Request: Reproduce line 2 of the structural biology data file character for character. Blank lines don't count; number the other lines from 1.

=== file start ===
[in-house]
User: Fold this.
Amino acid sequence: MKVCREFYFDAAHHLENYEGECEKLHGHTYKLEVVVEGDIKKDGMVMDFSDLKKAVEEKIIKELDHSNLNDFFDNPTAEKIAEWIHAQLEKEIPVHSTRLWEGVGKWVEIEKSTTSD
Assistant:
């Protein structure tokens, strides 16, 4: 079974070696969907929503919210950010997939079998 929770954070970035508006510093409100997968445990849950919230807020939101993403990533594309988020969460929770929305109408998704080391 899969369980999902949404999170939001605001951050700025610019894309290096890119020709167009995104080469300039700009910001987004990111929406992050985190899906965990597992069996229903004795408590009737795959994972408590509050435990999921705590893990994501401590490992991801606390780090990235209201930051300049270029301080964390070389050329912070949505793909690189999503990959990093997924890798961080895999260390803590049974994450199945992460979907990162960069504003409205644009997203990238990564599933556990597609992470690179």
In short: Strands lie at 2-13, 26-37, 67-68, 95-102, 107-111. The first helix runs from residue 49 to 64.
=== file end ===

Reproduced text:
User: Fold this.